I love coffee. I have a huge milky cappuccino, with a shot of caffeine, for breakfast and then I have one or two more large decaffeinated cappuccinos during the day. Andy is an espresso man and can easily have half a dozen throughout his day – always with caffeine. He’s one of those European types who think that an espresso without caffeine is like chocolate without cocoa powder!
Imagine our joy, therefore, to wake up to Thursday’s headlines “Even seven cups of coffee a day cuts risk of early death, study suggests” (Ref 1) and “Study: Drinking four cups of coffee daily lowers risk of death” (Ref 2). A quick glance at the original article (Ref 3) revealed that the headlines were wrong. Claiming that something cuts or lowers the risk of something is a claim of causation. The original study merely looked at association for actual health outcomes. This is the most common error made by health journalists world-wide and it’s about time they learned how to report a study accurately.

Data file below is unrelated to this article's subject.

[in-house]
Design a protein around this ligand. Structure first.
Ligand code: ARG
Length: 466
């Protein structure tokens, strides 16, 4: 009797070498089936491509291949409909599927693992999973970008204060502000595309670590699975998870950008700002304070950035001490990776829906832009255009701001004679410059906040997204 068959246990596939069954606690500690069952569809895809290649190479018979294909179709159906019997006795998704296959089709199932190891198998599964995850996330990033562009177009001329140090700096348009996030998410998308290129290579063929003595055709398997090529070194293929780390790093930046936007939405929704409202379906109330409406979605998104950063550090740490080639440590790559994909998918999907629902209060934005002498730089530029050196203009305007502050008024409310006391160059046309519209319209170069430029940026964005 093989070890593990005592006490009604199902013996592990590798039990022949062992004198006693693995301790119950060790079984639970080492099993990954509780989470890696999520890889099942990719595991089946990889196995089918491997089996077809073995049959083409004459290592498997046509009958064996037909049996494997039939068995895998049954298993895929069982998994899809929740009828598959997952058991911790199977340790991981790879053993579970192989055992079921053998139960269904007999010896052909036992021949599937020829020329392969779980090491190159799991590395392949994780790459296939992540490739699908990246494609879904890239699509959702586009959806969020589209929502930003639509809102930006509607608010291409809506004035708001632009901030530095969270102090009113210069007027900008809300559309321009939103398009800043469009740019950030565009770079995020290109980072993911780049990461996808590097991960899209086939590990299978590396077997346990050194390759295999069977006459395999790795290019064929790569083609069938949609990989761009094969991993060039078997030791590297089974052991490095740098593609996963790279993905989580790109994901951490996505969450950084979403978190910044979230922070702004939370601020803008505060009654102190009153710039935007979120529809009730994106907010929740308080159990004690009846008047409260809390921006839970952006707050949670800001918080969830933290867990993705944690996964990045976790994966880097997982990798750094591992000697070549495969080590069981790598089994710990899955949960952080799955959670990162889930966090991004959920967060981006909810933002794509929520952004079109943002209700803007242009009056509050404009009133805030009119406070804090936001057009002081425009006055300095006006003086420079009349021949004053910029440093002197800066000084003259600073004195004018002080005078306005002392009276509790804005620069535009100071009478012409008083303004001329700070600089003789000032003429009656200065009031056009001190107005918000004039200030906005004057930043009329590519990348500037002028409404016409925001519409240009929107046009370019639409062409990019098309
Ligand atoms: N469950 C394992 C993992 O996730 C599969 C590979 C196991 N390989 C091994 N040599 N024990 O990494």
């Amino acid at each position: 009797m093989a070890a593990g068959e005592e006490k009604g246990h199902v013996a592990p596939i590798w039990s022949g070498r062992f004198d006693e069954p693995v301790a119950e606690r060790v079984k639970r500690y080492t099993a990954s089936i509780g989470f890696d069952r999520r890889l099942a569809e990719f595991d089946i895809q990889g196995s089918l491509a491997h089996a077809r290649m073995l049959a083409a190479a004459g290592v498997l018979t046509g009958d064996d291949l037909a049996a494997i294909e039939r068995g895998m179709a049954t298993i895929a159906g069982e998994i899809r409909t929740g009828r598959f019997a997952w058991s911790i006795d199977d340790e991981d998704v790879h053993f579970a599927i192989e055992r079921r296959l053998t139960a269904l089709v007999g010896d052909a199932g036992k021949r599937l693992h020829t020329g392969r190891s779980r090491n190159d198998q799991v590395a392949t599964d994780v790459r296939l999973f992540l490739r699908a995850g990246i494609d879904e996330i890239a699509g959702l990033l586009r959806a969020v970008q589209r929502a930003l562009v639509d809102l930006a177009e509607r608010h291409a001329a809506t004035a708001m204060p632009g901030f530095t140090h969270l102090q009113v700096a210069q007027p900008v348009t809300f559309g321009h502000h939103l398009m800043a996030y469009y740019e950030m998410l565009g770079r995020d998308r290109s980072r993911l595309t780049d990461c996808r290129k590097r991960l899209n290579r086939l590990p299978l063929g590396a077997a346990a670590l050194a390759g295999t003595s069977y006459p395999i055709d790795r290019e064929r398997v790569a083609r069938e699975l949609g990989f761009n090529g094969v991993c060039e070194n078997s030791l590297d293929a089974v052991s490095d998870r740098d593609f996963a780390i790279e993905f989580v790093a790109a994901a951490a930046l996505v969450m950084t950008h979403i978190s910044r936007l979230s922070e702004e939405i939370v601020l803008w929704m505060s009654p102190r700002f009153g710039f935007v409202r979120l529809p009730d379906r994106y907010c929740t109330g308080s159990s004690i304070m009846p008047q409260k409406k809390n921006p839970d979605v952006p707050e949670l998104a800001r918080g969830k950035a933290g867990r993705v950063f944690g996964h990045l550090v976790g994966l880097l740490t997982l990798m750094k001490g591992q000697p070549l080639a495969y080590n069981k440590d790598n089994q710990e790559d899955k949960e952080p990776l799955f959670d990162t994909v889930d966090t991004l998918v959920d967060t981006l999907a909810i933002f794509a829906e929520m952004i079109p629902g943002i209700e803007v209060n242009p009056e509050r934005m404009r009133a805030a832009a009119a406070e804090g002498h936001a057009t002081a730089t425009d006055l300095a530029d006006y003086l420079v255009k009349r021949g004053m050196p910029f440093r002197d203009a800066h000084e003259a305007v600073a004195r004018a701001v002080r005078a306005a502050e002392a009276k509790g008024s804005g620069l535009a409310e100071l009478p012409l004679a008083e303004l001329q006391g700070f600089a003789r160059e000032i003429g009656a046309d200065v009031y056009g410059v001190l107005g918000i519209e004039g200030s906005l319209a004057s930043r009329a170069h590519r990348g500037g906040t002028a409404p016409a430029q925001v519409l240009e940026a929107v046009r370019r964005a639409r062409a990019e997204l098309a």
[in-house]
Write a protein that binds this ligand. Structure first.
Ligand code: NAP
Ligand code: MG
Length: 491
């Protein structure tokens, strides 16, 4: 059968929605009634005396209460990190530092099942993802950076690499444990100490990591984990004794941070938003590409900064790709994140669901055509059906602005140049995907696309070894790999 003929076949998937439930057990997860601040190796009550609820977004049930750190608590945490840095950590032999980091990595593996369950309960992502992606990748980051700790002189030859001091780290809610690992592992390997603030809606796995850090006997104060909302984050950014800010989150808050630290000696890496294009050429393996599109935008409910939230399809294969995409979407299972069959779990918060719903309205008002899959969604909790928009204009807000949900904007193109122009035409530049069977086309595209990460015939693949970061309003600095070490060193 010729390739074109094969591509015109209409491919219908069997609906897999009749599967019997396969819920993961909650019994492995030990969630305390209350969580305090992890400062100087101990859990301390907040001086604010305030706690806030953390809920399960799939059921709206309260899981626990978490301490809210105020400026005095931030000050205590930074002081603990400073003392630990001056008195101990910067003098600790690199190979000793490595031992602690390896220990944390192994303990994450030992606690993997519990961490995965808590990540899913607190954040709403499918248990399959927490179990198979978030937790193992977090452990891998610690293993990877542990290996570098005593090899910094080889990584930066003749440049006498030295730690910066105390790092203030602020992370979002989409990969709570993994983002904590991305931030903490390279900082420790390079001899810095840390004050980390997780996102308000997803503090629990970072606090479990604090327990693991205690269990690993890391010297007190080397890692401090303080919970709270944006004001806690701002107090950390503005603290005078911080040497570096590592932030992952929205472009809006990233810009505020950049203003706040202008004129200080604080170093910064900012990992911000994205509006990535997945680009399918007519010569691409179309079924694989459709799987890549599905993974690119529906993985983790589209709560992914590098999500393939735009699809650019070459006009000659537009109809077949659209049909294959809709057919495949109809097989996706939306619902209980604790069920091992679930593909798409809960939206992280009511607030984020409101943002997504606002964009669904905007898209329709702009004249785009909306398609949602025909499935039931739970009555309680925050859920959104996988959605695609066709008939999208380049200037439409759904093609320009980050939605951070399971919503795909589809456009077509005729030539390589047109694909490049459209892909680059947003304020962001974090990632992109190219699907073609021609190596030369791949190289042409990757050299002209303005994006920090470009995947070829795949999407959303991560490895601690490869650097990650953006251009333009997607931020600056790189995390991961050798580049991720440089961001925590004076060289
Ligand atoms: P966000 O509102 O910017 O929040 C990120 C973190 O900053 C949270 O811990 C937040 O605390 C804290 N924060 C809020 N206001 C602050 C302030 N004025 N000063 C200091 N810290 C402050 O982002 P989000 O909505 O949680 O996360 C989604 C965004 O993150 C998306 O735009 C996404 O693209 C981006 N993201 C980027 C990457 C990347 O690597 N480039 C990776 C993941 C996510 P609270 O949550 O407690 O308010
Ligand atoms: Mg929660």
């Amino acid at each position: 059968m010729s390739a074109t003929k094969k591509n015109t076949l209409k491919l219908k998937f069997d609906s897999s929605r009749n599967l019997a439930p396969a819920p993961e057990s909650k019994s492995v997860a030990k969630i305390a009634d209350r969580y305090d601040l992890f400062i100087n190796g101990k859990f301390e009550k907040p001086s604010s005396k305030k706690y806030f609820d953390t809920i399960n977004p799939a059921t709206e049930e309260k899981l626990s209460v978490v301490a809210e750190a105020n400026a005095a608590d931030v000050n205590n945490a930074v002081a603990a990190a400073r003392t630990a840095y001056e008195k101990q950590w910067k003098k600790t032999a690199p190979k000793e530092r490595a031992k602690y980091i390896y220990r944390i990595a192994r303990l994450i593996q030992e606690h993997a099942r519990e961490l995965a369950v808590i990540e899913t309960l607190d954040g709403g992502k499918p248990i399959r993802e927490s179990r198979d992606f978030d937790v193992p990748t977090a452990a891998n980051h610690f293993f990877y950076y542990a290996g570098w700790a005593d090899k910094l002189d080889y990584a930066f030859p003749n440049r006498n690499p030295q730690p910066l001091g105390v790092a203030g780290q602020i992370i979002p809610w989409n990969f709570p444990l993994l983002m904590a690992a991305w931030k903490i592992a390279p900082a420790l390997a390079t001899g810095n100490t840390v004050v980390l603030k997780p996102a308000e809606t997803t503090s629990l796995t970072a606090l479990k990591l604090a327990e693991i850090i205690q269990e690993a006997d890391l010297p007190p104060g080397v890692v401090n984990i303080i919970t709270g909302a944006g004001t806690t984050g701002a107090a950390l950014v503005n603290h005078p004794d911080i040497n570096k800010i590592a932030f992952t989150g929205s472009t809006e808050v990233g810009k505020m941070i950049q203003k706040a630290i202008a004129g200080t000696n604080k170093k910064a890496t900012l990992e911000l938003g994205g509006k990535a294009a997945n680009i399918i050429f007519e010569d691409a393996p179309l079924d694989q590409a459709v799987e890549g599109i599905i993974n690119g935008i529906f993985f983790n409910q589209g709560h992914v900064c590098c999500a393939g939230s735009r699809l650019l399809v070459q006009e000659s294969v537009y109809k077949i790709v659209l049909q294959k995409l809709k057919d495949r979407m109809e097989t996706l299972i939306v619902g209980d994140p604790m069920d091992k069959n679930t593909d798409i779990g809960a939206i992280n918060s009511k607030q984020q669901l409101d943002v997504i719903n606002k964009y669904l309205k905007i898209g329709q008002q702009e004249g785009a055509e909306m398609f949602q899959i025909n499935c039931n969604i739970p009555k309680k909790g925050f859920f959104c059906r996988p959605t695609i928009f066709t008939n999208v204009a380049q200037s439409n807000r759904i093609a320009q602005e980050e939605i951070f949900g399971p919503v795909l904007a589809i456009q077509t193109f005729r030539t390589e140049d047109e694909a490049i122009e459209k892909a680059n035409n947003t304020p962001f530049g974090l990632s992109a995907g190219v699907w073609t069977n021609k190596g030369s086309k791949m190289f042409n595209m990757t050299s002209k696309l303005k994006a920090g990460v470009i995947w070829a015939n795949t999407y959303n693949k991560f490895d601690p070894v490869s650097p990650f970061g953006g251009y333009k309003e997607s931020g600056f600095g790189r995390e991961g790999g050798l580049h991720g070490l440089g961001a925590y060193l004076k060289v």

The study was a fabulous piece of research. It was a collaboration between academics at two UK universities: Southampton and Edinburgh. In the pyramid of evidence, systematic reviews and meta-analyses are at the top of the many different forms of available evidence (Ref 4 – this also has explanations of terms used).
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